You’ve dealt with infertility or were told you can’t have children. Women who’ve had a hard time getting pregnant in the past, or have health conditions that can cause infertility, might not believe that they’re pregnant. If you’re older, you might think you can’t get pregnant anymore. Or you may confuse pregnancy symptoms with the signs of menopause.
You don’t feel your baby move. You typically start to feel your unborn baby kicking or rolling between 18 and 20 weeks of pregnancy. But if the placenta happens to be in the front of your uterus, you may not feel those movements.
You just can’t believe it. Stress, fear, and shame sometimes play a role in accepting or acknowledging pregnancy. If your pregnancy comes during a difficult time, you might be less likely to realize it. Denial can be powerful.
Research suggests you can have a cryptic pregnancy and go on to be a good mother, especially if you’re able to come to grips with the fact you’re having a baby.
It might help you accept your pregnancy when you see an ultrasound image of your baby in your womb. Your doctor might also recommend a mental health evaluation to figure out what’s causing you to deny your pregnancy. It’s an important step in preventing child abuse and neglect – which research shows are more common after cryptic pregnancies.
What Are Cryptic Pregnancy Symptoms?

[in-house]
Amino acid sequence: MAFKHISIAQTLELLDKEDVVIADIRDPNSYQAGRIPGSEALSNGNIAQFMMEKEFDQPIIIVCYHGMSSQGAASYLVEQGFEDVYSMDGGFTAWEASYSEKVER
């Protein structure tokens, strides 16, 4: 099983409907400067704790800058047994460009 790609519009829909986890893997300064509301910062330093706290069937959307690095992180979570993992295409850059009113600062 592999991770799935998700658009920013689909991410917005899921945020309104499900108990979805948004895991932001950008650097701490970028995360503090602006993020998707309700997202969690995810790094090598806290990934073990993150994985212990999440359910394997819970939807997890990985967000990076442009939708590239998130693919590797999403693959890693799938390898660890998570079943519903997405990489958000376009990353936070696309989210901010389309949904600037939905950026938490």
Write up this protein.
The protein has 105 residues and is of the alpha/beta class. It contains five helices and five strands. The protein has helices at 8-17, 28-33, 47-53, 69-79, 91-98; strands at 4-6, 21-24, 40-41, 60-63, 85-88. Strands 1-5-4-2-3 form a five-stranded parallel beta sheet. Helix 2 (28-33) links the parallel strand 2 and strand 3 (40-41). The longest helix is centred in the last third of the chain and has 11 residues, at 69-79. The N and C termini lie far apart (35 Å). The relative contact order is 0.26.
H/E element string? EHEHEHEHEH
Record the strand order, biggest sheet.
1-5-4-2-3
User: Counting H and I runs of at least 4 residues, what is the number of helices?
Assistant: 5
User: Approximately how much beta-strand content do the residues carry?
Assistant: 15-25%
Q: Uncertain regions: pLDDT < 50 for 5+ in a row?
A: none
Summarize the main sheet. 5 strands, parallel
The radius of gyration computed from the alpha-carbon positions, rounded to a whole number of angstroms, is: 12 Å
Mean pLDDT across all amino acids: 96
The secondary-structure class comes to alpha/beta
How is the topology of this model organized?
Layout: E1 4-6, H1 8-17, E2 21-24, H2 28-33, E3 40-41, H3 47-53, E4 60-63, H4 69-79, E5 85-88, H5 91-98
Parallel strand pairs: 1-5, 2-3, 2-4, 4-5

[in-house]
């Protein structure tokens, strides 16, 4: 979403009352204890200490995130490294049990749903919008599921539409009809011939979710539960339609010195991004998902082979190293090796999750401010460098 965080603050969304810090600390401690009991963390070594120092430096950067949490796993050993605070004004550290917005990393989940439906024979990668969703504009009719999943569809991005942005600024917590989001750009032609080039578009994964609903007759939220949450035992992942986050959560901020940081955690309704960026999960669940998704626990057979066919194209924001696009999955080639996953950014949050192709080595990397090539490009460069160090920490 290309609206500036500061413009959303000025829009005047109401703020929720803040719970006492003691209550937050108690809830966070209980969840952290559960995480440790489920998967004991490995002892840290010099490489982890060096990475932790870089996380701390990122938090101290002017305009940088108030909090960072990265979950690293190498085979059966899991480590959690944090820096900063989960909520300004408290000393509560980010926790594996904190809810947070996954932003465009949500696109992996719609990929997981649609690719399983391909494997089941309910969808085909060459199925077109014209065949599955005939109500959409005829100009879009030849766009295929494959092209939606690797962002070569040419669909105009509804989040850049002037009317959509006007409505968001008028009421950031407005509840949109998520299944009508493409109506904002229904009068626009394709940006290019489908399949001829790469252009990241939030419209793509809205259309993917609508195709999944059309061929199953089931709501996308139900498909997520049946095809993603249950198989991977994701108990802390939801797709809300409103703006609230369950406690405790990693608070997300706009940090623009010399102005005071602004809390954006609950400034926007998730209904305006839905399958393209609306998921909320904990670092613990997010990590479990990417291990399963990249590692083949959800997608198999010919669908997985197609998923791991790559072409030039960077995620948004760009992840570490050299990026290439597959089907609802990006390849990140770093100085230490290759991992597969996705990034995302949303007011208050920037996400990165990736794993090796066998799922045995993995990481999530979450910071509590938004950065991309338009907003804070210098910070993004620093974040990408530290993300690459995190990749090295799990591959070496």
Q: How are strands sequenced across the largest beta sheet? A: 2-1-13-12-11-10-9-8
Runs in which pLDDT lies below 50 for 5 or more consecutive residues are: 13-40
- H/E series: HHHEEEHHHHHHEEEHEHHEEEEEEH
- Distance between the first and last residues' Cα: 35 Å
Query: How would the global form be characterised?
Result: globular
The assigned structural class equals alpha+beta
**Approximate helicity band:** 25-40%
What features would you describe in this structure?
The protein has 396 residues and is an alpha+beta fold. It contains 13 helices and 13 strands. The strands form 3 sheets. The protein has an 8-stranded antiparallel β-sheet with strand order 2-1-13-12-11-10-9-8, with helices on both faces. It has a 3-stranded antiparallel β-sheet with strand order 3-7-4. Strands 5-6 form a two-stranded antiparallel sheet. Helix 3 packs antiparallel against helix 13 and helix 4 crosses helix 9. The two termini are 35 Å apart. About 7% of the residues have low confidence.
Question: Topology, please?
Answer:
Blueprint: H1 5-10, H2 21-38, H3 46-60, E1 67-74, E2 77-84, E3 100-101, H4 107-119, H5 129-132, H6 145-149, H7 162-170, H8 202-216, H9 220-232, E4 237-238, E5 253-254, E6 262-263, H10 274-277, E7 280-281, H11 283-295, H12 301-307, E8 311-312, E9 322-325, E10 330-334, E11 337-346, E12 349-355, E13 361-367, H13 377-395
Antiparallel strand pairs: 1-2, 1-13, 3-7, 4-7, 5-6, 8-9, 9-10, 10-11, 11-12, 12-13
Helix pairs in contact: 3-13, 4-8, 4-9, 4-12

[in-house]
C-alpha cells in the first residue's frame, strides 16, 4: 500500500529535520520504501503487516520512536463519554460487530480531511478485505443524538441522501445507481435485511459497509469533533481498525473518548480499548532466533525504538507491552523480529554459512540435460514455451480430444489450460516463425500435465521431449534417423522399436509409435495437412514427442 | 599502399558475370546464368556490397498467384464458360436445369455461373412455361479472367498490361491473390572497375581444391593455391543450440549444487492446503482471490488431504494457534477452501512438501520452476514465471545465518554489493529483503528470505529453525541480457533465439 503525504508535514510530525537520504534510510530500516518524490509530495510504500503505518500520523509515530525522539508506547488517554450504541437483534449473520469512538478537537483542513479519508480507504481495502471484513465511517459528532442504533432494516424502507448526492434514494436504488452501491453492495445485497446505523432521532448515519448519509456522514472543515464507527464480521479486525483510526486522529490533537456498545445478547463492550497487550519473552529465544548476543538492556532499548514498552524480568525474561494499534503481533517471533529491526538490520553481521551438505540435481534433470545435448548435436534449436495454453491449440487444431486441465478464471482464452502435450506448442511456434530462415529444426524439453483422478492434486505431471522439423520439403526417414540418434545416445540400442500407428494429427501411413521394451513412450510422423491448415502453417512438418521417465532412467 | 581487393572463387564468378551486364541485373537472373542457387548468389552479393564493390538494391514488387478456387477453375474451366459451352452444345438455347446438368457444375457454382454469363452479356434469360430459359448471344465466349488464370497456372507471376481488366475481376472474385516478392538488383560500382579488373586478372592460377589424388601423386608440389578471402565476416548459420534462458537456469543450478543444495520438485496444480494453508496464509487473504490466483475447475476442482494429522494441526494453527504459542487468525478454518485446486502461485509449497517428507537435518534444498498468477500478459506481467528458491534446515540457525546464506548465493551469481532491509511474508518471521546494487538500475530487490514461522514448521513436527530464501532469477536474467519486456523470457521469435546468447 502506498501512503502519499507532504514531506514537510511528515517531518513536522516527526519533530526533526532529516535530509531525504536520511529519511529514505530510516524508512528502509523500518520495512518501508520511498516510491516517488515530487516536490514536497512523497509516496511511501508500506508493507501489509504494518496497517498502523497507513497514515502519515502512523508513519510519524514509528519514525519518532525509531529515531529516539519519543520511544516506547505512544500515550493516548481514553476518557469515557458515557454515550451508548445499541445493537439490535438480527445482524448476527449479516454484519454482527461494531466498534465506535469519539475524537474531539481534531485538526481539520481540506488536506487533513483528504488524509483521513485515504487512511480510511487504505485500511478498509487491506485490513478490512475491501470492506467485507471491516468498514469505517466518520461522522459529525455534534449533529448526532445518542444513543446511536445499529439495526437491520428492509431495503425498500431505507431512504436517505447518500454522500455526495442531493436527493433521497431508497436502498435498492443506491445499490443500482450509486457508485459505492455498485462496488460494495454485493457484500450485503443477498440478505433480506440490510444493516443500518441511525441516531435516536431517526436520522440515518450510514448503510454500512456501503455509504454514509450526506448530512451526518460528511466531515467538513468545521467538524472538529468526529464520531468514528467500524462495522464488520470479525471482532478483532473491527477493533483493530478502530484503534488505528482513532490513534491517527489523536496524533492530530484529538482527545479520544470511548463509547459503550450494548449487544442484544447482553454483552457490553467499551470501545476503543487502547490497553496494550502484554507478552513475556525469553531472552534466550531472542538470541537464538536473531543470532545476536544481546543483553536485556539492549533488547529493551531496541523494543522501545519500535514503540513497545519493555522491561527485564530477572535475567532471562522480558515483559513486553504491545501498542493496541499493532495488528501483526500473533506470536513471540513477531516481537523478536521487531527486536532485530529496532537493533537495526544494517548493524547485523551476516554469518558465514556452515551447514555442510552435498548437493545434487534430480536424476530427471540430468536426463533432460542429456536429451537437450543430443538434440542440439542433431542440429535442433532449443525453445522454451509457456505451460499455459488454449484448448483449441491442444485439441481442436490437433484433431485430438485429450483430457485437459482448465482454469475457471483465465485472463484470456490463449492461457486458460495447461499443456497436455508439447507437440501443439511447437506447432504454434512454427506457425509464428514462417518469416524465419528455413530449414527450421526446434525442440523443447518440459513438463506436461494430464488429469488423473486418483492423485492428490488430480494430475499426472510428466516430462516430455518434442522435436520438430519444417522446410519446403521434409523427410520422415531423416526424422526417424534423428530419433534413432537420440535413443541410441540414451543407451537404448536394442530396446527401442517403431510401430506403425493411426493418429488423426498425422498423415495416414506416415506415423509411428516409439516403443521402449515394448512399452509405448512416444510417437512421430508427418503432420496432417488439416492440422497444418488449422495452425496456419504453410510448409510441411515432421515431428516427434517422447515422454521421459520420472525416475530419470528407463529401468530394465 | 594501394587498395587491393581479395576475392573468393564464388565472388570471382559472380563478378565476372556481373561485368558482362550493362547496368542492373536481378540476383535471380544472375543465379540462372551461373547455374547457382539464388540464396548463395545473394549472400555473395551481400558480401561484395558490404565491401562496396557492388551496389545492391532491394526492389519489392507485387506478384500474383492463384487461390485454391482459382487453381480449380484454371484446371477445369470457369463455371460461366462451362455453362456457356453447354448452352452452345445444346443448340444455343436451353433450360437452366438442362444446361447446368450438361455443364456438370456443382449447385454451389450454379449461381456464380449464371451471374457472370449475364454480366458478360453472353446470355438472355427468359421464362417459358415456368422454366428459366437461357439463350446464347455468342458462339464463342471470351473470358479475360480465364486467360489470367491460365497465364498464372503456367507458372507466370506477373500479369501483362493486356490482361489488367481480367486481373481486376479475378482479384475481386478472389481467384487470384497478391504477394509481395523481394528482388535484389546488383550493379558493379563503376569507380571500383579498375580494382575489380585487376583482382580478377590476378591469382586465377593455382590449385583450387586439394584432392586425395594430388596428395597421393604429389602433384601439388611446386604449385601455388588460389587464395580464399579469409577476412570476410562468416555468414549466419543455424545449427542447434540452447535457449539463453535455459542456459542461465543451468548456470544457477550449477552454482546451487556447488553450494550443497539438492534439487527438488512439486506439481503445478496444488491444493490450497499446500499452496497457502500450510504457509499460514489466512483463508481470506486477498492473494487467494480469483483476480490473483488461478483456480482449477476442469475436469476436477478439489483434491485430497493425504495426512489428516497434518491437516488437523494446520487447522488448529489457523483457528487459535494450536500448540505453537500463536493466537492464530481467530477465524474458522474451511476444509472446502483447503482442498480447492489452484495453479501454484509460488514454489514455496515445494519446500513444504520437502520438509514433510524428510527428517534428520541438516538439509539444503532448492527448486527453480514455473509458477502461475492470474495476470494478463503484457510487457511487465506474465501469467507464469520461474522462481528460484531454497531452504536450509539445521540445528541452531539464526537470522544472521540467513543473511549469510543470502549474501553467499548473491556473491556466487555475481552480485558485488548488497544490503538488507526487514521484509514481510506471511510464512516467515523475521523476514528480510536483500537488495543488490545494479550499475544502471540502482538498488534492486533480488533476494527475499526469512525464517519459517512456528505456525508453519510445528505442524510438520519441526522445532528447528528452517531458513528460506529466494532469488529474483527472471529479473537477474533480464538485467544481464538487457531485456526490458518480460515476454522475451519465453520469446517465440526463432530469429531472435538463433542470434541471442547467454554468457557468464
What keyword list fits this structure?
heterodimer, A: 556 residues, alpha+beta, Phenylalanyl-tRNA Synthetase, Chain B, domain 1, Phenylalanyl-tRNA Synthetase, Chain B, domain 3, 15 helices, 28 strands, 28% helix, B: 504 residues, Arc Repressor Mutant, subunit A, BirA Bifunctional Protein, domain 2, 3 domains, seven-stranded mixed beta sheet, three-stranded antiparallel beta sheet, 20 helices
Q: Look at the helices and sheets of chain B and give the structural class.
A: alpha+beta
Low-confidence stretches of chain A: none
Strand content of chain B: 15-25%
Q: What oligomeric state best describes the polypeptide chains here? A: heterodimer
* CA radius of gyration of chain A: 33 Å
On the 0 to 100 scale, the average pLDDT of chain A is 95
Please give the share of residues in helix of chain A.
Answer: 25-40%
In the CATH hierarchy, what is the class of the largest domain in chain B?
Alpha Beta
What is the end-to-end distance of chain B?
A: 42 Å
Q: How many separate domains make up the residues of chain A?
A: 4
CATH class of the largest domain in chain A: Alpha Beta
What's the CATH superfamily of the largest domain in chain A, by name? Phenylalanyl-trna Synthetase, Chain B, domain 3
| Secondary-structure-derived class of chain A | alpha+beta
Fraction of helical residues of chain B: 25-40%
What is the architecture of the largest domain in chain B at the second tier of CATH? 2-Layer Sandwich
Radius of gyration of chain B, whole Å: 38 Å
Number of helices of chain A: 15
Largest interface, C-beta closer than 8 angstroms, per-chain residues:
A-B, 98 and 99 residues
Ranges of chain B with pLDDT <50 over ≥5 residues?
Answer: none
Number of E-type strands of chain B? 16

Cryptic pregnancies are often defined by lack of normal pregnancy signs and symptoms. But some women don’t have these symptoms. And others might have mild pregnancy symptoms but write them off as something else.
If there’s a possibility you could be pregnant, there are some signs you should look for.
One of those is missed periods. There’s no such thing as a cryptic pregnancy period (a menstrual period during cryptic pregnancy). But you might have implantation bleeding or abnormal pregnancy bleeding and think it's your period.
Some other common symptoms you shouldn’t ignore are:
- Sore or swollen breasts
- Nausea or vomiting
- Frequent urination
- Sudden food aversions or cravings
If you have these, ask your doctor if you’re pregnant or think about taking an at-home pregnancy test.
What Are the Outcomes of a Cryptic Pregnancy?
Having regular checkups and good prenatal care help women and their babies be healthy. But if you don’t know you’re pregnant, you probably won’t get the health care you and your baby need. This puts both of you at greater risk for potentially serious problems.
For example, if you have a cryptic pregnancy, you’re more likely to give birth outside of a hospital and without medical care. What’s more, giving birth unexpectedly can be a traumatic experience and cause you to have mental health issues that may need to be worked through with professional help.
Like many babies whose mothers didn’t have access to prenatal care, those born from cryptic pregnancies are more likely to be premature, underweight, or generally small for their gestational age. Babies from cryptic pregnancies also have an increased risk of stillbirth, infant death, and neglect.